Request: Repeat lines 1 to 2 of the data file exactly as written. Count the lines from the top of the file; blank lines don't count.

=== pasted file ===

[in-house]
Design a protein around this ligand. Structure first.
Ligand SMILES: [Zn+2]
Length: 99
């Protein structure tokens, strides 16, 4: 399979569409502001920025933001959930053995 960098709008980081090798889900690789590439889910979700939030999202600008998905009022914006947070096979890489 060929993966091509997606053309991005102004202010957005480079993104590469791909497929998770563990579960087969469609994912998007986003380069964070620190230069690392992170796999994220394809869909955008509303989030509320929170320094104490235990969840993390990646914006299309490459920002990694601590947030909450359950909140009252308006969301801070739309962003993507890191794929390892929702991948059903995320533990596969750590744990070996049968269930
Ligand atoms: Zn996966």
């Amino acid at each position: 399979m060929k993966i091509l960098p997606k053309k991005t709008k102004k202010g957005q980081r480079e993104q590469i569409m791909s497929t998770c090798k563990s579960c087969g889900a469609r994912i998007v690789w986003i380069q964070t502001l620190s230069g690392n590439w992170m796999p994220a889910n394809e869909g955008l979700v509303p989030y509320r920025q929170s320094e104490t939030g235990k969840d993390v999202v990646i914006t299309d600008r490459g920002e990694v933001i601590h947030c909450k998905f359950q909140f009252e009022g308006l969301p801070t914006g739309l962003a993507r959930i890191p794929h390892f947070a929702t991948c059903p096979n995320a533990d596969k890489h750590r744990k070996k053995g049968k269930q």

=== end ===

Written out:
[in-house]
Design a protein around this ligand. Structure first.